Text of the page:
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International Multiconference
on Computer Science and Information Technology

12-14 October 2009, Mrągowo, Poland
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Polish Information Processing Society
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Keynote Speakers






stephan_pascall.jpgDr. Stephan Pascall

Adviser, European Commission, DG Information Society and Media, Directorate C

Stephan Pascall has extensive engineering and policy background in the Telecommunications and Space industry with British Telecom (BT) and the European Commission. In BT he initially carried out research work in Advanced Pattern Recognition Technologies and later on Space Communication, Satellite Communication and Launcher Design and Procurement. In the Commission he played a major role in the launch of the GSM (Frequency Directive etc.) and a number of areas of the Framework Programmes in Information and Communication Technologies, both in technology and application.

Stephan Pascall has extensive understanding of the political and technological developments and status of the Central and Eastern European Countries including Russia. He plays an active role in sensitive high level international negotiations both with the EU member states and with the various public and industrial organisations. He has extensive financial and management experience in leading skilled professional teams in achieving complex and challenging objectives with concrete results.

After leading the eTEN Programme he is now an Adviser to the Director for Directorate C, "Lisbon Strategy and Policies for the Information Society". His current responsibilities include International Cooperation, Integration of New Member States and Regional Aspects for RTD in the area of the European Commission 7th Framework Programme ICT-Theme.
  
Stephan Pascall is an author of a number of books and publications in telecommunication topics including Mobile and Space Communication. He is a frequently engaged lecturer on Space Communication, Rocket Technologies and European Integration at a number of European Universities. Stephan graduated in Electronic Engineering in London and was awarded a PhD in his work on Pattern Recognition Technologies.

 

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Professor Juliusz Lech Kulikowski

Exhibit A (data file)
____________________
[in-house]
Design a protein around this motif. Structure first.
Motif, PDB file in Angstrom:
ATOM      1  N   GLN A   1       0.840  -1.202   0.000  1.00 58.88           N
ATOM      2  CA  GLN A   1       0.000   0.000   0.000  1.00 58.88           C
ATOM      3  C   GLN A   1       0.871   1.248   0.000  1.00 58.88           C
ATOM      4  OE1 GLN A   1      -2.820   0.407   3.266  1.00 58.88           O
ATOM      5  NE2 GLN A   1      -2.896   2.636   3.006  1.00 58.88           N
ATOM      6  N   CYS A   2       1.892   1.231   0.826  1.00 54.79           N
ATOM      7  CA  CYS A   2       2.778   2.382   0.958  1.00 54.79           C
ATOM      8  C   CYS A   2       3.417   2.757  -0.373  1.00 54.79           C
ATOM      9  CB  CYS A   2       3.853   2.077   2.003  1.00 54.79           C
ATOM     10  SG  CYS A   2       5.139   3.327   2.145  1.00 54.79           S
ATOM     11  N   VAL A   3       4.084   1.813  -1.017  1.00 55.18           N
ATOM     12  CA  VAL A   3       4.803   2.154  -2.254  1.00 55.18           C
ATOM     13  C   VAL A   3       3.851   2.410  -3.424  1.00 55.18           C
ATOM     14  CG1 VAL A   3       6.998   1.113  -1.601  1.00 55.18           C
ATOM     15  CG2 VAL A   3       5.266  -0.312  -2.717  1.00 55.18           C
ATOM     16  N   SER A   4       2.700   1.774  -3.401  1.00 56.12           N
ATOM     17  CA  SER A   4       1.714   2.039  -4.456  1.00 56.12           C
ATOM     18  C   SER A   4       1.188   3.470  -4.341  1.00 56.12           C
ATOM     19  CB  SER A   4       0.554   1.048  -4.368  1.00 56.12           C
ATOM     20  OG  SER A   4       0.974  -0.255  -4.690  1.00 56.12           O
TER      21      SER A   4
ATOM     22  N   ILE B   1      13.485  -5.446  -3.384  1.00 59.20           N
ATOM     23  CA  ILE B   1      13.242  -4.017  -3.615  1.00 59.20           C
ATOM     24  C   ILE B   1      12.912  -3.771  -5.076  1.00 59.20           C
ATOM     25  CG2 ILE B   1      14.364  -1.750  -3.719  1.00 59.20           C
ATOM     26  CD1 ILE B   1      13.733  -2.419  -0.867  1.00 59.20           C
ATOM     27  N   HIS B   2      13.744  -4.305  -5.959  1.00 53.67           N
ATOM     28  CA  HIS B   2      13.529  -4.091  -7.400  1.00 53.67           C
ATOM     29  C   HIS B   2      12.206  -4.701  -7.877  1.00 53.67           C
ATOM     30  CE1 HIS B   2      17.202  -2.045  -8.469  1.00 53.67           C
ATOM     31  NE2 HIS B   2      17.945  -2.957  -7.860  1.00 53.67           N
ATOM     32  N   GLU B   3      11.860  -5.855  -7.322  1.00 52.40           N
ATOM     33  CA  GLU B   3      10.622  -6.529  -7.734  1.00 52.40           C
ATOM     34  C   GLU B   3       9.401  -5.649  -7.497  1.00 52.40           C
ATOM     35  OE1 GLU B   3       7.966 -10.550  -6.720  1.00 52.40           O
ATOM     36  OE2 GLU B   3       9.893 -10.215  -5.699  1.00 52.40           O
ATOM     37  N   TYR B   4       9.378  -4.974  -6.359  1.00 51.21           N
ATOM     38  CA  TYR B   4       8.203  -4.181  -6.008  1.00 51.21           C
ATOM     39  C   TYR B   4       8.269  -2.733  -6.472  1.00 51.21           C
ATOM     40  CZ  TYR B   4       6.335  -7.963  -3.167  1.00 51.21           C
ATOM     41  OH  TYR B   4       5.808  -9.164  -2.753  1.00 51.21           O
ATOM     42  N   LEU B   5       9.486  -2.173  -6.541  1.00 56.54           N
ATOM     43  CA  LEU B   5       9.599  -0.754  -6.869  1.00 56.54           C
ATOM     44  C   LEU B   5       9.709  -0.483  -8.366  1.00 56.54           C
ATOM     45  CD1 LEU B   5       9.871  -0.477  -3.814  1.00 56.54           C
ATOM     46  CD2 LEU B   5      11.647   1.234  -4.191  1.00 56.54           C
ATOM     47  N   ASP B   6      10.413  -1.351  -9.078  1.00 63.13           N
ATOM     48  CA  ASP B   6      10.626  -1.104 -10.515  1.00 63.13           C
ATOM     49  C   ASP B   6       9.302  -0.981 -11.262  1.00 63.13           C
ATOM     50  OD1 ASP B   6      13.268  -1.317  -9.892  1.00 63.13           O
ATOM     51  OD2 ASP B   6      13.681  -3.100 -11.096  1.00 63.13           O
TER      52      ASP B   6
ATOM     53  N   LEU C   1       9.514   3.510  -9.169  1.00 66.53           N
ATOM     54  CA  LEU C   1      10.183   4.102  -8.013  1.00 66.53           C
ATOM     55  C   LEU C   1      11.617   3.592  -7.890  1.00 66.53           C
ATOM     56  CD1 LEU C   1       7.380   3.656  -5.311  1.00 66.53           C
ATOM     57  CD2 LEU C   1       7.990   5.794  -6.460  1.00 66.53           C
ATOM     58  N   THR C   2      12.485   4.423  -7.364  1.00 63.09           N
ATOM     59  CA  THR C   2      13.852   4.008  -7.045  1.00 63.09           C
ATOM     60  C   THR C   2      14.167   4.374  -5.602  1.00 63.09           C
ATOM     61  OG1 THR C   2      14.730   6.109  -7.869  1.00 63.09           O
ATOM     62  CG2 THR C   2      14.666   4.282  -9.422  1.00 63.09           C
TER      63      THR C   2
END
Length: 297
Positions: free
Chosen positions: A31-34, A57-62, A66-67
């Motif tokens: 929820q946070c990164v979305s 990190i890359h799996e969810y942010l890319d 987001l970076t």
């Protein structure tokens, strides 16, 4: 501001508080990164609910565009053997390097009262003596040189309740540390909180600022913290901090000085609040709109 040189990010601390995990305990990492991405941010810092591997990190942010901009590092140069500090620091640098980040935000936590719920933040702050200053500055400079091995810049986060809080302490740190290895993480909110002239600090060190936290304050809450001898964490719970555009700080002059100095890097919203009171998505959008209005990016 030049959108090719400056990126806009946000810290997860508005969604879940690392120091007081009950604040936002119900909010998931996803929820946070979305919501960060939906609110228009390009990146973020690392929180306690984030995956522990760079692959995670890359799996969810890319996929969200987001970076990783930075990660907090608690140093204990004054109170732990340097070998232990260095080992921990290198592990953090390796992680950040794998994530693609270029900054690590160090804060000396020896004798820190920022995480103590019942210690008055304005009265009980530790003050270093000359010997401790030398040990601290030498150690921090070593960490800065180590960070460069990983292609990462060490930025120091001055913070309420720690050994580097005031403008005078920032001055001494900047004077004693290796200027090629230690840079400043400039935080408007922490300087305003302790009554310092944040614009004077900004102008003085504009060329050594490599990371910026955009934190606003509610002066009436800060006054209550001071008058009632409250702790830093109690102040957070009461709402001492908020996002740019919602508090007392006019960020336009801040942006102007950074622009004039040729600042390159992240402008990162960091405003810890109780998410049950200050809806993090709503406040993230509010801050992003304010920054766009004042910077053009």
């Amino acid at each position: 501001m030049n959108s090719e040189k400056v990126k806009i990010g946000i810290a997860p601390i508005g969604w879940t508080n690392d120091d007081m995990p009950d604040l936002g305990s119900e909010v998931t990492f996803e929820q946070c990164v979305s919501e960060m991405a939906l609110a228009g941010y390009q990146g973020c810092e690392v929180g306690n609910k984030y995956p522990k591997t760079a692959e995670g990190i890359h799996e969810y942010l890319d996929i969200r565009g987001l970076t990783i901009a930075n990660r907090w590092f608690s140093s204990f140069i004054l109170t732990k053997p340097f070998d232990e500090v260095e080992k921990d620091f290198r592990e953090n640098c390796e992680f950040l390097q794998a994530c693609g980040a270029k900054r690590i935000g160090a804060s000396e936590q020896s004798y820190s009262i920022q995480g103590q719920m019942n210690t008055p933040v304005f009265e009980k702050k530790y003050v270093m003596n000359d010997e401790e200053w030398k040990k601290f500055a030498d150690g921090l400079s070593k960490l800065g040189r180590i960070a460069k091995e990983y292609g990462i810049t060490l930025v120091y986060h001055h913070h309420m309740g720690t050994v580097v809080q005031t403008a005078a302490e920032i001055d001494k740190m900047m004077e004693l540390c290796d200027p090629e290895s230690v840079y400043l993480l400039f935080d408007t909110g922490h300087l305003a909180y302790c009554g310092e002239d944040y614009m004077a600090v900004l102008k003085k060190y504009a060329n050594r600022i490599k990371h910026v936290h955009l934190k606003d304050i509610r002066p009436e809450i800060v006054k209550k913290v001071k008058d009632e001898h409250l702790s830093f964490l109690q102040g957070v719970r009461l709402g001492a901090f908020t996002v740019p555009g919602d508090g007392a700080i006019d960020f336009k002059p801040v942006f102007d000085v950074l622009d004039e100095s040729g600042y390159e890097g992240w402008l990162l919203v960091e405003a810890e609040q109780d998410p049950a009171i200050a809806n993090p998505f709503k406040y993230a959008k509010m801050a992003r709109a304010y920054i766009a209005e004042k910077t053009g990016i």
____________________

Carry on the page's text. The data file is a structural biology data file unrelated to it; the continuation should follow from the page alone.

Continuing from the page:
Born  in 1931 in Nowe Miasto Lubawskie, Poland. In the years 1949-1955 he  studied at the f-ty of Communication of the Warsaw University of Technology and he got the degree of communication engineer in 1952 and  a M.Sc. degree in ultra-high frequency technology in 1955. Since 1952 he  also was employed as a junior lecturer in the Warsaw University of Technology. In 1955  he started  his post-graduate studies at the Higher School of Technology in Moscow (USSR) and in 1959 he  got there the candidate of sciences (1st level doctoral) degree. His first scientific interests were connected with statistical methods of signals detection in noise. In the years 1959-1966 he came back the Warsaw University of Technology where he worked for  seven years as an assistant professor  and in 1966 he got there the 2nd level doctoral (habilitation) degree. Since 1966 he was employed in several institutes of the Polish Academy of Sciences: Inst. of Automation (1966-1971), Inst. of Applied Cybernetics (1971-1974), Inst. of Organisation and Management (1974-1976), Inst. of Computer Sciences (1976-1982) and, since 1982, till now,  in  the Inst. of Biocybernetics  and Biomedical Engineering. In 1973 he  has  been nominated  associate professor and  in 1989 – full professor.  As a scientific worker of the above-mentioned institutes he organised and for many years he headed  the laboratories and departments of information systems and information processing methods. His scientific interest were connected with statistical methods in signal processing, pattern recognition, operational research, theory and design of information systems, artificial intelligence, computer-aided image processing  methods and applications of computers in medicine. In these domains he contributed, in particular, to: application of non-parametric statistical tests to signal detection in noise, a concept of multi-aspect assessment of information value, application of extended algebra of relations to structural image analysis, application of relative logics to decision making under uncertainty,  some concepts concerning distributed computer systems design and evaluation methods, mathematical models used to computer-aided cardiac diagnostics based on ultrasound imaging, using multi-aspect and partial similarity concepts to pattern recognition and image retrieval, using morphological spectra to texture analysis, etc. For several years he also coordinated research projects concerning design of pilot computer systems in selected areas of national economy and he headed a group elaborating a concept of structure and organization of a national scientific information system (SINTO).